Season 3 and 4 of NXT saw the Winners of Kaitlyn, and Johnny Curtis, who lets be honest, are still drifting around, waiting for their moments to get used in a proper manner. Season 5 ended up becoming a year+ long series of episodes that saw wrestlers like The Prime time players (Although Darren Young and Titus had already been on these shows anyway) get some spotlight, and moved up to the main roster although they technically didn't "Win" anything. Derrick Bateman was never eliminated and still never won anything.

TNA Gutcheck

TNA Gutcheck made this concept a little more silly. taking the Gut Check seminars that initially didn't appear on Impact, and moving it onto the Live Impact shows with X-Factor style "Judges".

Needless to say, 87% can agree, Joey Ryan not getting a contract, while Alex Silva, Sam Shaw and Taeler Hendrix did (even though we ain't seen them since), is completely bogus. We all know it was a work, so how can we take this seriously anymore? Ric Flair spoiled it before it even began by saying "Yes" to Silva when he was not supposed too.

The Exceptions

Although the winners generally didn't go very far, it was usually those who got eliminated who ended up getting a contract, and making a big name for themselves.

These wrestlers include: The Miz, Daniel Bryan, Matt Morgan, Ryan Reeves (Ryback), Michelle McCool, Maryse and Brodus Clay.

Aftermath

With all of these, "developed" wrestlers who have gone through the grueling WWE system, it has made a lot of workers who are unable to adapt, and are unable to try something different, as they are not how wrestlers used to be.

In the past, wrestlers developed their skills on the Independent scene and in other big promotions. They never needed to go through "development", and were often thrown into the deep end. The cream would always rise to the top, and it was more of a risk for companies to try out some of these talent, but they had more of a chance of getting over at a young age.

With all the different shows and development conditions that the WWE offer now, it usually means a wrestler doesn't get onto the main roster until they are in the late 20's or early 30's. This is a problem because then they don't have as much time to get over with the crowd. Back in the older days, it was very common to see wrestlers as young as 18-25 years old on the main roster, and this taught them a lot more then any reality show could.

So when it comes down to it, reality shows were only cool ten years ago. Maybe it's just me, but I only watched the last Tough Enough because of Steve Austin, and I probably won't watch another show. There is no point, no one on that show got a proper main roster contract, so it was a royal waste of everyone's time.

Let's hope the wrestling companies realize that they don't need to find new talent in this way. The Undertaker, Steve Austin, The Rock, Shawn Michaels, Bret Hart, Ric Flair, Hulk Hogan, and so many more, were never part of a reality show. I am sure if any of them had been, it would have done nothing to help their careers.

And that is what grinds my gears. Reality shows are not cool, if we wanted to watch reality shows, we would have tuned into Big Brother, American Idol or the X-Factor, lets hope that they all remain dead and buried.

The Attack of the Reality shows, is now over ... You may now leave your seat as we go to the credits.
*Insert Star Wars theme here*

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Updated 10-23-2012 at 01:23 AM by kylos

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Comments

  1. Vondraco's Avatar
    You do have a point. I tuned into NXT and Tough Enough when it was on TV, I'll admit, but I really really really really really (x1m) dislike most reality shows. It does seem like the "losers" (those who got eliminated) often do better than the "winners." Have to further agree with the Divas comment.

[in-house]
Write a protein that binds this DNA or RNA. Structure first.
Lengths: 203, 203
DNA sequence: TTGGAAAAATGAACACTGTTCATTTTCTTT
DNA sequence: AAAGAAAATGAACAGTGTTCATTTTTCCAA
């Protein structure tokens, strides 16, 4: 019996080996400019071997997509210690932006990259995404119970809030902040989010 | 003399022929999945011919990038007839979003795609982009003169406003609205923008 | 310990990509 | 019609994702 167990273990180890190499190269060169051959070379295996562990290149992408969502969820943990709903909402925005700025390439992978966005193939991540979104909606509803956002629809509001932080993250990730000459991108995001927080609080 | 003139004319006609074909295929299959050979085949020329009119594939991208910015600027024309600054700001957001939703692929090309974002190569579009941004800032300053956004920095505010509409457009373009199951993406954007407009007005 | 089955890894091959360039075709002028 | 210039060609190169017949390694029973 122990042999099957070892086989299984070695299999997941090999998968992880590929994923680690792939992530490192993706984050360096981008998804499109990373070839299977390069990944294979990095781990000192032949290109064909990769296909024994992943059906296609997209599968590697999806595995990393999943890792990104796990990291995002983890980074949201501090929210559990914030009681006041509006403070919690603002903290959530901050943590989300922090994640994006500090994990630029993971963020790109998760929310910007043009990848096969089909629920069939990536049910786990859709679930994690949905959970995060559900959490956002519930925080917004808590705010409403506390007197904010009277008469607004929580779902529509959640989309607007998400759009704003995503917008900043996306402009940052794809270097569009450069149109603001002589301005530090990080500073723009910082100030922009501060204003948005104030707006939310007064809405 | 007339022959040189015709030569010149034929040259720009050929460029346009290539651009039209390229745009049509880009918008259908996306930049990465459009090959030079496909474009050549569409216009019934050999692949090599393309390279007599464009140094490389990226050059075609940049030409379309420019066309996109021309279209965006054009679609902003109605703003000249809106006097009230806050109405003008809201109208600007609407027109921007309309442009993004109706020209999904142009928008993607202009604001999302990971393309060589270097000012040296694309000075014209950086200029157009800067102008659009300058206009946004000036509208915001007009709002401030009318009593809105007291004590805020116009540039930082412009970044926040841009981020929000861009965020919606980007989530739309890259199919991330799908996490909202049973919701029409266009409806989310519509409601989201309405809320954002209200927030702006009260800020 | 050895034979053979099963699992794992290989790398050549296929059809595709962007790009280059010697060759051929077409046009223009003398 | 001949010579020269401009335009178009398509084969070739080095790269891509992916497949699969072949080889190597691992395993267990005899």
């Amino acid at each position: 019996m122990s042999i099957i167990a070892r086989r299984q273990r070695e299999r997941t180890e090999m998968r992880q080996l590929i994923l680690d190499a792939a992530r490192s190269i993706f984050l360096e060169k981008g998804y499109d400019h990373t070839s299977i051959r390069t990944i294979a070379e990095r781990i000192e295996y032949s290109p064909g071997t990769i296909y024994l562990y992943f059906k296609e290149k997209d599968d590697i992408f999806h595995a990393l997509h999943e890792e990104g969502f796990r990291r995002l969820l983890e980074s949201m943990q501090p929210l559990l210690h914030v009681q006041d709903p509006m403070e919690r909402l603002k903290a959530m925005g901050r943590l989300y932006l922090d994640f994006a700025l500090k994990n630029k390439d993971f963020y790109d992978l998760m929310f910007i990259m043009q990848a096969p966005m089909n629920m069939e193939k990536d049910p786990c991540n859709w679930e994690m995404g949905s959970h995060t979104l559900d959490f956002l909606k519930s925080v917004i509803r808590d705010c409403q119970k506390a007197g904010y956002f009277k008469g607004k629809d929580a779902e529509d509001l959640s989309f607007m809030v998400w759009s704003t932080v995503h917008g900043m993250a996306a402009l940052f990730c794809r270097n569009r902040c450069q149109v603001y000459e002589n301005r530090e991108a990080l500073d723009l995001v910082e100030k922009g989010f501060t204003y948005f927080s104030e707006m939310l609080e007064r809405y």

I further agree about TNA, though with the caveat that obviously it is scripted. (Wrestling is scripted? Really?) I think they "eliminated" Ryan with the full intention of bringing him on. Perhaps the other guys were just random lead-ups to that. Though I really hope that Taeler gets some exposure, as their Knockouts division is suffering of late. (Still a bit better than WWE, but only marginally.)
    Updated 10-23-2012 at 01:13 AM by Vondraco
  2. kylos's Avatar
    Quote Originally Posted by Vondraco
    You do have a point. I tuned into NXT and Tough Enough when it was on TV, I'll admit, but I really really really really really (x1m) dislike most reality shows. It does seem like the "losers" (those who got eliminated) often do better than the "winners." Have to further agree with the Divas comment.

    I further agree about TNA, though with the caveat that obviously it is scripted. (Wrestling is scripted? Really?) I think they "eliminated" Ryan with the full intention of bringing him on. Perhaps the other guys were just random lead-ups to that. Though I really hope that Taeler gets some exposure, as their Knockouts division is suffering of late. (Still a bit better than WWE, but only marginally.)
    Yes I think the Knockouts division has definitely taken a backseat since Prichard came in, and specially since Gail Kim lost the title. Hopefully Mickie James comes back soon and they rejuvenate it.

    As for the actual topic, I felt that TNA tried to make Gut Check seem real, but its lost all credibility now that they allowed Joey Ryan another opportunity. It sends the wrong message out there, it tells us that if a wrestler gets told no, they can keep coming back, and eventually they will be given another chance.

    I was under the impression that Gutcheck would be real, and not scripted in the slightest, but its not, so whats the point?

    I really hope that the WWE, and TNA move on from this kind of thing, they can evaluate talent in a much better way then that. I would rather see a wrestling match by established wrestlers, then by nobodies we will probably never see again.
  3. Darkside Ron Garvin's Avatar
    Hey Kylos, can you do your next "Grind my Gears" as a "Top Ten" list of why "Top Ten" lists on the blog page is more over-exposed than the 10 hours a week of WWE programming?